Exploring Twitch as a Model for a Successful Web 2.0 Platform
Scholarly Critique #2.1
Twitch TV: motives and interaction, a consumer perspective
Tom Clement Maria Raes
Faculty of Humanities, May 2015
I found this resource using Google Scholar while searching for any literature relating to Twitch.tv. This report is a Master thesis from a graduate student at Aalborg University in Denmark. As I complete my final semester in my graduate program at CU Denver, I am also researching Twitch, and I have struggled to find many related resources to include in my literature review. I am thankful to have found this resource, not only as it specifically focuses on Twitch, but this nearly 100 page document takes a fairly comprehensive look at the platform and outlines the full research processes taken in the process.
This report makes an immediate argument for acknowledging Twitch as a significant example of the increasing popularity and interactivity of Web 2.0 platforms, which identify the user as a creator, not just a consumer. Outlining the popularity of the platform, the author states “By 2013, 45 million unique viewers a month followed and shared their gaming experiences on Twitch TV causing the website to generate more internet traffic than Facebook in the US alone.” This research is further framed around the consumer perspective in that it explores the motivations for engagement through the streams in an effort to “explain the sudden success of this phenomenon”. Factors related to motivation are outlined based on Maslow’s Hierarchy of Needs.
The main questions that guided the researcher’s initial inquiry come across as relating to an exploration to be utilized for marketing purposes.
“What is it about Twitch TV that makes so many people are watching and sharing their (game) experiences? What is the key to Twitch TV ́s success? This thesis has the goal to reach a better understanding of the recent success of Twitch TV and intends to shed light on Twitch TV from a consumer perspective. The consumer of Twitch TV is the Twitch TV user, other examples stakeholders on Twitch TV include but are not limited to e-sports organizations, video game development companies, advertisers.”
This is where I find my research with Twitch differs the most from this study. I am most interested in exploring the informal learning opportunities on Twitch through social engagement, and more specifically identifying the affordances and limitations of engaging with art through the platform. This research also narrows its focus to be millennials that engage in streams of a specific game, where I am looking at participants of all ages across different games and categories.
I appreciate the section on defining the situated language of the platform, providing definitions for streamers or broadcasters, normal viewers, followers, moderators, and subscribers. I was surprised to see that in the background information for Twitch, the researcher chose to omit the evolution of Twitch from the previous platform, Justin.tv. While attending TwitchCon, one of the most informative panel discussions I attended featured streamers who had been broadcasting as far back as 2008. Their insight into the changes of the platform overtime included much information about the previous limitations of broadcasting. One panel member suggested that there was a time when they felt a sense of success after achieving a milestone of 60 viewers.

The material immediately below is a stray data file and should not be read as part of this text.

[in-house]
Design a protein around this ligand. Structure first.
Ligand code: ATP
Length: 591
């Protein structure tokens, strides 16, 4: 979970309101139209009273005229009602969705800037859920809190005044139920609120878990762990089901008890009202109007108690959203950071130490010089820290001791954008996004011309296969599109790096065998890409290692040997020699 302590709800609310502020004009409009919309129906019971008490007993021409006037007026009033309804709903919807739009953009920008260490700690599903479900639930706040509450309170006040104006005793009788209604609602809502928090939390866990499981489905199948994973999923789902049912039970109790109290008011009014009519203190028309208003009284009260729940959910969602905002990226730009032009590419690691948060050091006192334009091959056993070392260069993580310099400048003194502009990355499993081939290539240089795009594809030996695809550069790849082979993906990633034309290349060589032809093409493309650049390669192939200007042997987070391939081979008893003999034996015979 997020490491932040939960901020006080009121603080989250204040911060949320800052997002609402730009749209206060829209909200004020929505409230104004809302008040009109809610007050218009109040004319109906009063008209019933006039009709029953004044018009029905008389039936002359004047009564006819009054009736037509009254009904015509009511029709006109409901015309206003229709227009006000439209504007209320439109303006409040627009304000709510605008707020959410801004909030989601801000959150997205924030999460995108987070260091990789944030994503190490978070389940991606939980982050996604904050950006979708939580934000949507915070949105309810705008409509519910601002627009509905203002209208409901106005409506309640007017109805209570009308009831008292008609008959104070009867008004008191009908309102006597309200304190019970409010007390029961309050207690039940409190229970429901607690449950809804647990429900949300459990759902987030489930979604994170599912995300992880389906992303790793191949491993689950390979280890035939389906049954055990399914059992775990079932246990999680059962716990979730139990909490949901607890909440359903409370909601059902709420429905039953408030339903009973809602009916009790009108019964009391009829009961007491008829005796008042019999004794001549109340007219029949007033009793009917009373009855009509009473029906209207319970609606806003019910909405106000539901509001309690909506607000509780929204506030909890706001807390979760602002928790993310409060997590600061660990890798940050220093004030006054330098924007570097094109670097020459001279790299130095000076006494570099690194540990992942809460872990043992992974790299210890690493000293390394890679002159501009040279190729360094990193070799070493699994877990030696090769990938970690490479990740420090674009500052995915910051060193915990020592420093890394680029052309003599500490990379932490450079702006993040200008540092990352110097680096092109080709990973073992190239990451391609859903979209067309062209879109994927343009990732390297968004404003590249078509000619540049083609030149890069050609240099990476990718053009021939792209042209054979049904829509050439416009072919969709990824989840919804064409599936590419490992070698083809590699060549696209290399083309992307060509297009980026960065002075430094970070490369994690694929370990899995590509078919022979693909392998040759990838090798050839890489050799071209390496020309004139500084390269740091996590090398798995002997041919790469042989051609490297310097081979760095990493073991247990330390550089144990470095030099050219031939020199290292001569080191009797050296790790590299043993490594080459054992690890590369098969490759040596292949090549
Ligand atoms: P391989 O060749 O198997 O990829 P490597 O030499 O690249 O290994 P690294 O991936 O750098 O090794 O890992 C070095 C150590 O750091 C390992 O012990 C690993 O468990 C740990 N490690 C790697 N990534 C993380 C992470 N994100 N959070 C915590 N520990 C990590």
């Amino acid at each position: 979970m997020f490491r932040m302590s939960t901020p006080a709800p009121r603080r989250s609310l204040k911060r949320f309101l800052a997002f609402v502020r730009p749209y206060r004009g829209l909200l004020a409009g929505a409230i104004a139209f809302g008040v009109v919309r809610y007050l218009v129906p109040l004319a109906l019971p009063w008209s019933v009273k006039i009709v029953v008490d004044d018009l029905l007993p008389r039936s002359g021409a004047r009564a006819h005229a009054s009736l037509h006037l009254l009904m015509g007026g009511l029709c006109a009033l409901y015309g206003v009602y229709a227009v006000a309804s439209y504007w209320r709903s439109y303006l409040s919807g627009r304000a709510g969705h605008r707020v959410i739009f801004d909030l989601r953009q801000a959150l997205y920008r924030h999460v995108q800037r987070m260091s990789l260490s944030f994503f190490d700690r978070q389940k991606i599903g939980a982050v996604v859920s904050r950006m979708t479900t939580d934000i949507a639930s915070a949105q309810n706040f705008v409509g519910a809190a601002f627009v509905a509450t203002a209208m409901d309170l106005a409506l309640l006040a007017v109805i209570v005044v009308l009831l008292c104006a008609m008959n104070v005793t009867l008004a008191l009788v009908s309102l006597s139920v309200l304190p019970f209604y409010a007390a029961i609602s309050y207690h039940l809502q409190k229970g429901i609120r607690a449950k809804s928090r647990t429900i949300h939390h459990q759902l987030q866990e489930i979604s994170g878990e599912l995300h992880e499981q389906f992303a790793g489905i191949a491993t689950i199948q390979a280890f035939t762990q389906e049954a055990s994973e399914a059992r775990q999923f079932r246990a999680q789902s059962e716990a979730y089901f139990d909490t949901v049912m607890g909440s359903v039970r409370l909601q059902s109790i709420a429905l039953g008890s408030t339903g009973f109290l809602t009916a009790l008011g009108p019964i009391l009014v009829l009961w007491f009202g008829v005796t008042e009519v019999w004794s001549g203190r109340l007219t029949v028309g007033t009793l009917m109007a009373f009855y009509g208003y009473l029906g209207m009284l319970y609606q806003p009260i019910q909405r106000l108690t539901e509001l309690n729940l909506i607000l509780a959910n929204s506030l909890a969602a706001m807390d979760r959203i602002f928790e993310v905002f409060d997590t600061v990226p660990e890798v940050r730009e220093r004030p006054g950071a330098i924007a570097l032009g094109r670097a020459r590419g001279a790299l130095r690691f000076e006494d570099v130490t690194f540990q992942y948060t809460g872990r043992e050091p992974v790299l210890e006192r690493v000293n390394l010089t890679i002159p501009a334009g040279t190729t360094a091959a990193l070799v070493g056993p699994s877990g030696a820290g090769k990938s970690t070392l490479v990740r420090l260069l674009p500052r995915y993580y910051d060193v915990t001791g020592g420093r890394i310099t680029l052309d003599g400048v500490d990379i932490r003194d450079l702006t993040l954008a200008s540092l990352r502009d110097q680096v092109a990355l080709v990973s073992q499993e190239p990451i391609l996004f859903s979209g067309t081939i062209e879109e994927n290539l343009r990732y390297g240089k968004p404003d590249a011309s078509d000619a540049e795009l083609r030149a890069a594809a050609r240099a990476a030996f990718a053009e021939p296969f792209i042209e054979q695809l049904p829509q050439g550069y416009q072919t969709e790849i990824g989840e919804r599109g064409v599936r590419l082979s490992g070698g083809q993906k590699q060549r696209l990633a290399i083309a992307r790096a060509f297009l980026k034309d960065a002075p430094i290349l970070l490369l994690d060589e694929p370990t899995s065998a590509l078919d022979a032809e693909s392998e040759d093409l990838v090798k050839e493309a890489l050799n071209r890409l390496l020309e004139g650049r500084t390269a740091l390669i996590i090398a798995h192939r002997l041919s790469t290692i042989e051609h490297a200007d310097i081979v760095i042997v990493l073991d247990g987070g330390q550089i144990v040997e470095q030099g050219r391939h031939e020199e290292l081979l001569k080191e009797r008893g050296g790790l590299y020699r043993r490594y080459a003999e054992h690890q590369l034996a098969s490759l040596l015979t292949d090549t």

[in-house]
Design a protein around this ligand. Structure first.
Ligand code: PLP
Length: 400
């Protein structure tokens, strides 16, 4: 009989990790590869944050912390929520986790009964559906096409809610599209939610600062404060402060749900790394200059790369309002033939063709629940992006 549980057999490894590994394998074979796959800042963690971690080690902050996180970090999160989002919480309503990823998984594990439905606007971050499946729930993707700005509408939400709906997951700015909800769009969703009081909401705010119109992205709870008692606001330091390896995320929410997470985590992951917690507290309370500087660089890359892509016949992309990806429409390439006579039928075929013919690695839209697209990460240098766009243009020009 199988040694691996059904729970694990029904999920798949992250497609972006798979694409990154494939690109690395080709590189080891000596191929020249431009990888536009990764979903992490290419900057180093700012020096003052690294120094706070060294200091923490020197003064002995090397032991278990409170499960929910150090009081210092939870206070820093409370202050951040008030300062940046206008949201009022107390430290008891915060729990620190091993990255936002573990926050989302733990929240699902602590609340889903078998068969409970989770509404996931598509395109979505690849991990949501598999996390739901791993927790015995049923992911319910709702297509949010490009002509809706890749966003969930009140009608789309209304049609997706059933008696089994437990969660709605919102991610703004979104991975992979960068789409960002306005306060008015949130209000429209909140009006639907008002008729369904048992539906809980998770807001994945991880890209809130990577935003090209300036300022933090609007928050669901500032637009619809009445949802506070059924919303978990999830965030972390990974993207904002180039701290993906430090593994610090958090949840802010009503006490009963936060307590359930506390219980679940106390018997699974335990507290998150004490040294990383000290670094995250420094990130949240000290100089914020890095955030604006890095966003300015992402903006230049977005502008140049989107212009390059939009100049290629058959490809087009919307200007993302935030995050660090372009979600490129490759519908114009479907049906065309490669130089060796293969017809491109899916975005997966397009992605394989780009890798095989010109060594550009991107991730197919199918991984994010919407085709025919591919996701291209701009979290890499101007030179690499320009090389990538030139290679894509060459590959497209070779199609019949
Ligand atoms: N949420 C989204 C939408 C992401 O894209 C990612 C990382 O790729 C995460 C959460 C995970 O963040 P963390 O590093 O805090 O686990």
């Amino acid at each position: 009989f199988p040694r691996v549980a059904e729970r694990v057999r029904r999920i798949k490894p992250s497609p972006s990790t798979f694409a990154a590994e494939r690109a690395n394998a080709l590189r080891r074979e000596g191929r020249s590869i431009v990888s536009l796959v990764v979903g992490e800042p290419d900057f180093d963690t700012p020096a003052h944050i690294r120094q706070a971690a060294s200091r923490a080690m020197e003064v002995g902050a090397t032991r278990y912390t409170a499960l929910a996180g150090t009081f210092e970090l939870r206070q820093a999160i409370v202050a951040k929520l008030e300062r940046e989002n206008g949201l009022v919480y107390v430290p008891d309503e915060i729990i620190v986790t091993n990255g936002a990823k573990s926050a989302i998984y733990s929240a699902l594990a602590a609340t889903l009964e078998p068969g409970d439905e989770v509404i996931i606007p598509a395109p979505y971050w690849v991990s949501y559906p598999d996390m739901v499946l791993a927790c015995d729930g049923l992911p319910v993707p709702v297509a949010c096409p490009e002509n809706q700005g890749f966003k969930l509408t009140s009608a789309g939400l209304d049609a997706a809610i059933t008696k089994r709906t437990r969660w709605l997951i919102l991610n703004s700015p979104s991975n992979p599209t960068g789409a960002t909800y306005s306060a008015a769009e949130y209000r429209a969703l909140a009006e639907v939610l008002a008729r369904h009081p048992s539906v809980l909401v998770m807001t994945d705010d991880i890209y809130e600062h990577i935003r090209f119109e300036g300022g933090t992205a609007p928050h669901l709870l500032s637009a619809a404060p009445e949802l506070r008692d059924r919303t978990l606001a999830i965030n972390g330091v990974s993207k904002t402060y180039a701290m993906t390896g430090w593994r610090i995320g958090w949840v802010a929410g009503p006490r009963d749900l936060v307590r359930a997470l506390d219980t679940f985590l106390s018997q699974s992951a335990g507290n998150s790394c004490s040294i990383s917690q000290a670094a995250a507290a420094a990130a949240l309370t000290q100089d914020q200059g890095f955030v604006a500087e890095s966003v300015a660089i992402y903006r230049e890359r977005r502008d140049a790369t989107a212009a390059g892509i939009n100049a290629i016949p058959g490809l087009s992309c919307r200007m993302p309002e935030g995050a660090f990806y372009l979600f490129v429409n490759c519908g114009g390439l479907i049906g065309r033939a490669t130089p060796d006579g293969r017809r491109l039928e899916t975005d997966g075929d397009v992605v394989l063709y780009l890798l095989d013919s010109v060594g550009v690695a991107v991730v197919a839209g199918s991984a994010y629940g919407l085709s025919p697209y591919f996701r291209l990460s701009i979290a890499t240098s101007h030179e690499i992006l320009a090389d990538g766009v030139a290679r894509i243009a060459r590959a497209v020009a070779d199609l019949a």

Later in the report, this research does touch upon concepts that I anticipate encountering in my research. The author begins to delve into how content creation is related to identity development and suggests that “People present an image of themselves for acceptance by others which involve the art of impression management. Impression management entails the interactional competences which send particular identities to others and attempt to influence their reception.” Creation of art objects certainly qualifies as impacting the impression made on others in this social environment. The report also talks about “presence”, and this seems to lead to themes of identity development through creative expression, a topic I am anticipating will emerge in my own findings. “An important term to look at is presence because today ́s technology blurs the distinction between the actual and virtual environments in which interaction takes place.” Presence is further refined into social presence, spatial presence, and self presence. The researcher cites other authors' claims that the “experience of self-presence can alter both our self-image of our body as well as our social identity (Tamborini & Skalski 2006).” It seems the researchers also consider more specifically the creation of art objects in relation to identity development, and they state that “digital bodies can also be found on Twitch TV itself since graphics, emoticons and other virtual content can represent one ́s self.”